A Monster Calls by Patrick Ness
|Book Name:||A Monster Calls|
|Formatt:||Hardcover / Paperback / Audio Book / eBook|
|Genre(s):||Fantasy / Young Adult|
|Release Date:||September 27, 2011|
A Monster Calls is a book that I would never have picked up. It was only because it won The Kitschies Red Tentacle Award for Best Novel that I’d even heard of it. I know the founders of The Kitschies, and with Lauren Beukes and China Miéville having won the previous two awards, I knew that it must be one of those innovative books that push a few boundaries because that is what they are renowned for rewarding. Now, I’ve been trying to broaden my reading lately, moving away a little from the traditional, Arthurian type worlds that I am used to, and explore the weirder side of the genre (Beukes and Mieville included). So yes, when I saw the beautiful cover of A Monster Calls turned out to face me in my local bookshop, to my surprise I picked it up, took it to the till and left with it in a carrier bag. That very same night, I was kept up all night by the beautiful and yet disturbing world that Patrick Ness drew me into.
A Monster Calls is certainly a children’s book. The protagonist is a young boy, Conor, who is plagued by nightmares. Nightmares so bad, in fact, that when a monster appears at this window calling his name, he is rather relieved. Compared to the nightmares, the monster isn’t really that bad, more annoying really. The monster wants Conor to tell him about his nightmare, but Conor refuses and so the monster decides he is going to keep reappearing and following Conor until he faces them.
There is far more to the book though. We find that Conor’s mother is dying of cancer and as a result, kids at school ignore him or, even worse, comfort him and ask how he is. Conor’s other family, his father and grandmother haven’t paid him much attention over the last few years, but now they keep coming round and calling him, saying things like, “We need to talk about things.” This annoys Conor, who would far prefer to be left alone with his mother. And now with the monster turning up, he is feeling very claustrophobic.
Because the book is so short, just over 200 pages with about 100-150 words per page, I wouldn’t feel comfortable going into too much detail on the actual plot, but I can tell you that the story develops in such a way that you begin feeling very, very close with the character. You stand next to Conor as he struggles to accept that his mother will one day die and share his desperation in ignoring the signs that things are not going well. It is powerful stuff and at times, you will put the book down feeling very emotional because of what you’ve just experienced with Conor.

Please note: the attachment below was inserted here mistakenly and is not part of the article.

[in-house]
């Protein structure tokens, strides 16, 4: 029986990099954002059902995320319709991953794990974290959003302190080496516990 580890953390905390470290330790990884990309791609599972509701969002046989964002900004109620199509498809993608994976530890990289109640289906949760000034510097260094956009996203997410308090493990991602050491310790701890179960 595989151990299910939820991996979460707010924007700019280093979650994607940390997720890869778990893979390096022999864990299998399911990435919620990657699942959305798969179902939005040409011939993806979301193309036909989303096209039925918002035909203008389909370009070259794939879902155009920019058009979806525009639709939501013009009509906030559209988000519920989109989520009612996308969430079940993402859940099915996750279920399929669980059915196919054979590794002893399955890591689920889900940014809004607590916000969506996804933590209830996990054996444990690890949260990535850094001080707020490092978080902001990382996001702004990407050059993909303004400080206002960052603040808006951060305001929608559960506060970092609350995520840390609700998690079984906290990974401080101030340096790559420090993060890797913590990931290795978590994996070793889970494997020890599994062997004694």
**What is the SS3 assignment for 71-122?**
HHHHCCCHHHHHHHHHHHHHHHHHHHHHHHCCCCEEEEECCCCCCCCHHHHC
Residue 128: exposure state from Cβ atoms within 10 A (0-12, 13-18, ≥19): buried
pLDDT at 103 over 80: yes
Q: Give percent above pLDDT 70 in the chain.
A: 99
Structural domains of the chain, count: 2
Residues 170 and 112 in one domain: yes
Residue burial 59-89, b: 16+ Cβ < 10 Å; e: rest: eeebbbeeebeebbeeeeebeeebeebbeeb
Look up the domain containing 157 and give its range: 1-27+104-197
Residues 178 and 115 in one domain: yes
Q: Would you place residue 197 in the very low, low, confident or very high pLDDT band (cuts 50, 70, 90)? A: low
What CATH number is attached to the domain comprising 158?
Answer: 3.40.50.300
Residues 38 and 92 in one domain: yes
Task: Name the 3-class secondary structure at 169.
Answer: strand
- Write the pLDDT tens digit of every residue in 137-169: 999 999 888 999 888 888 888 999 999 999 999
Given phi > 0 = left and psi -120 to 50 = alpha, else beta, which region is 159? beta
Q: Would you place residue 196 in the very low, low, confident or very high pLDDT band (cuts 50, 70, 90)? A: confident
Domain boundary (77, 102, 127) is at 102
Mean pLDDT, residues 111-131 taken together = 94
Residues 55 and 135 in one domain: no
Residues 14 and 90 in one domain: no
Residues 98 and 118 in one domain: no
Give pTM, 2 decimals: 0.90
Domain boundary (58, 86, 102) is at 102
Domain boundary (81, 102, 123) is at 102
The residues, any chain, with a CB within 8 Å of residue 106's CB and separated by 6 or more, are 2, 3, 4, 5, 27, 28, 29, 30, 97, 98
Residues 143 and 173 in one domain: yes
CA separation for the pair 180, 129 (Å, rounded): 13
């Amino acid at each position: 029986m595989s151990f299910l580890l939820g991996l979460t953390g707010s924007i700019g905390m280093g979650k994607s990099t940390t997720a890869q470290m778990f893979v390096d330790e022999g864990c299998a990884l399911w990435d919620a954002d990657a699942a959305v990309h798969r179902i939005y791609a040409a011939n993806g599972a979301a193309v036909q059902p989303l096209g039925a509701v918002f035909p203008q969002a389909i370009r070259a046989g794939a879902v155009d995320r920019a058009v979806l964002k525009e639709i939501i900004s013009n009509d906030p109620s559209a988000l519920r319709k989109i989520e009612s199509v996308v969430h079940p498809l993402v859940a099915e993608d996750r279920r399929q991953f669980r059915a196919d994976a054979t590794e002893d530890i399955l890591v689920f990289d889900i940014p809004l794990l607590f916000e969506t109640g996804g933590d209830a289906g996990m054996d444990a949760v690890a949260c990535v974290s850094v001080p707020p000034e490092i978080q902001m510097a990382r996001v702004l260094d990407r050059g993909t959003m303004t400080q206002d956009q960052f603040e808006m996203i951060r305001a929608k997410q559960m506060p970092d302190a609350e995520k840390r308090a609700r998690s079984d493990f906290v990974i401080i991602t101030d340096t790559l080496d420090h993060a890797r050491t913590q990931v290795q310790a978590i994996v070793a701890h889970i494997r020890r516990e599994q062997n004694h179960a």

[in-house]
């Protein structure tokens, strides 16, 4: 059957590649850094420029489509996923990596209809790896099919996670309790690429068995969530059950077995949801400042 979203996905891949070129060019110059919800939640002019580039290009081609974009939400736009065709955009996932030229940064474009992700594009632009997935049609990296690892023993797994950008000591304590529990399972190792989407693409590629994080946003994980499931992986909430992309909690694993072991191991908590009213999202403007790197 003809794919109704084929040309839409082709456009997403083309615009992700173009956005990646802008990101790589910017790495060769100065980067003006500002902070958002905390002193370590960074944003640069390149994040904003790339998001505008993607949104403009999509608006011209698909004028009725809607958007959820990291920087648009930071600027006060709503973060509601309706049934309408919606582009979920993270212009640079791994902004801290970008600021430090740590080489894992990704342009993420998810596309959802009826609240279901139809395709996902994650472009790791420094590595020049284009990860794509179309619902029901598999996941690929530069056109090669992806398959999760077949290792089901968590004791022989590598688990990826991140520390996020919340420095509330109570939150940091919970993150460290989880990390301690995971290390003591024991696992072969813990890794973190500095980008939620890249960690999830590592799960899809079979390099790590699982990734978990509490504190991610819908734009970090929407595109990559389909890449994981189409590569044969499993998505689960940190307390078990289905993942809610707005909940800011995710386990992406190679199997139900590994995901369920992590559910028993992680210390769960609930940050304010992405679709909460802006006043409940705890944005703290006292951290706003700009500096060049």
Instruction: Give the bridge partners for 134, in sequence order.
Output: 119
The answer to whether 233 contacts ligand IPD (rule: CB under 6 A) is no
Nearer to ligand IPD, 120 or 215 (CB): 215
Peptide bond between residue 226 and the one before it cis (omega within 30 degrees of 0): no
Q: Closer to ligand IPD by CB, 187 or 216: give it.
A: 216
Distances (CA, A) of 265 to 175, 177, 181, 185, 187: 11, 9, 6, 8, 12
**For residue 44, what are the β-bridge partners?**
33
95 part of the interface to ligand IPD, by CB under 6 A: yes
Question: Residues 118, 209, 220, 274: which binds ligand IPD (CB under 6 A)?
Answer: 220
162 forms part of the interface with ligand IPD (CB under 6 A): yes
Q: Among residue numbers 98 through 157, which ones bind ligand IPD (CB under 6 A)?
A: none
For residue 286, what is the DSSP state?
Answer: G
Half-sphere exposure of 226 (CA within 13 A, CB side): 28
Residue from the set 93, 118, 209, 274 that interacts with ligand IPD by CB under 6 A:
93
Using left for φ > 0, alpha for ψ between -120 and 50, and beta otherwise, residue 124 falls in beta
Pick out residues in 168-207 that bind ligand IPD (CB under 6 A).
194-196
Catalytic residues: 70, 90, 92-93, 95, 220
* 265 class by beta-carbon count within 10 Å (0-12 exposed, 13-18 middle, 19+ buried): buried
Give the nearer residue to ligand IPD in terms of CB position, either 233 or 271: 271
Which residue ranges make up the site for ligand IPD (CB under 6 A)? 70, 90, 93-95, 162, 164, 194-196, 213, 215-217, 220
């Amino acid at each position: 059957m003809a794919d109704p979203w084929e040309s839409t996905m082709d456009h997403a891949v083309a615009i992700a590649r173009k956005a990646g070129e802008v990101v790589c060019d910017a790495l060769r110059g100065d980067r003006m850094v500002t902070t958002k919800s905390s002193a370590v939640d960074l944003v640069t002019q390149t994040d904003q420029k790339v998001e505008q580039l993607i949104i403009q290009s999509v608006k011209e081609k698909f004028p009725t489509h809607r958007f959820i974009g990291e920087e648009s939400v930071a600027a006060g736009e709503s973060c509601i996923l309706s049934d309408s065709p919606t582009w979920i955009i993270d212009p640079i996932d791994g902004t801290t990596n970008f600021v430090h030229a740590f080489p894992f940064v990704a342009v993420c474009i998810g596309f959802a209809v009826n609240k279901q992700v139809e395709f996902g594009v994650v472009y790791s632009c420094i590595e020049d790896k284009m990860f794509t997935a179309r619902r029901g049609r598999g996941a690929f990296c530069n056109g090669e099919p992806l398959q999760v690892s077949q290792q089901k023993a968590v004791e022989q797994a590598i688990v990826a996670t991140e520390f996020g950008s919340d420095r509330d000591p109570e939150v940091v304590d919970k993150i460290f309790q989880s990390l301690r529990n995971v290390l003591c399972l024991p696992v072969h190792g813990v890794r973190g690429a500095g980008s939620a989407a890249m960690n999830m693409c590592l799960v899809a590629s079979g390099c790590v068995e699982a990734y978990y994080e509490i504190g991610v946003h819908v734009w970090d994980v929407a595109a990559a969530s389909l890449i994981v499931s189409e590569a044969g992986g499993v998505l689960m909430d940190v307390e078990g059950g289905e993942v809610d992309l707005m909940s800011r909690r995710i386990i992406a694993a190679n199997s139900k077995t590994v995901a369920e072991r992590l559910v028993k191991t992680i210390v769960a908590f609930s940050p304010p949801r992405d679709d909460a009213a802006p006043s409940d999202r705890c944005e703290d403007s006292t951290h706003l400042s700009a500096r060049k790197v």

What is amazing and so impressive about this book though is that it was written for children. As an adult (I’m 25 – is that an adult?) the book greatly affected me and on reflection of the character’s life I learnt a lot and made some decisions about my own circumstances. Now, I already know about cancer and death to some extent, but I imagine that for a child this book will be groundbreaking, and quite possibly, life changing. This is not a book where we watch characters growing up as squires and becoming knights. This is a book that is set within a world that will feel very familiar.
Something I learned whilst reading the novel was that Patrick Ness had not actually come up with the idea for A Monster Calls. It was in-fact crafted by the now deceased Siobhan Dowd, who was one of the most promising children’s writers of her generation. She came up with the idea following her own diagnosis of cancer and something about knowing that makes the read all the more haunting. Patrick Ness states in the introduction that although the book is not written in Siobhan’s voice (something he thinks he could never do), it is written in her honour and this really shines through as you read the novel.
So, we’ve covered the world, the words and the inspiration, but there is one more thing I’ve neglected to mention until now and that is the artwork that runs alongside the text throughout the book. The artist, Kay, uses a rather unique style of textured pen-and-ink to create wild and ferocious black on white images. These pieces of art are very creepy and work exceptionally well, accompanying the text in order to shape the dark atmosphere and tone of the book. I know that the cover has been very highly remarked upon, but seriously, if you think that is good, you should check out what’s inside.
Overall, I think it is the extent that this book has stayed with me, and re-opened my eyes to the fact that death affects everyone at numerous points of their life, that made me appreciate the book so much. Yes, death is a scary thing to think about, but the way that Patrick Ness has addressed it for both adults and children shows that it is inevitably unavoidable.
I am sure I’ve put some people off. “Why would I want to read a book that is so depressing?” Well, much like Shakespeare’s tragedies, when you have opportunity to look on someone else’s difficult situation and compare them to your own, you leave with a fresh outlook. When literature can do that do you the author has done something special and I think that is a good word to describe Patrick Ness’s A Monster Calls – Special.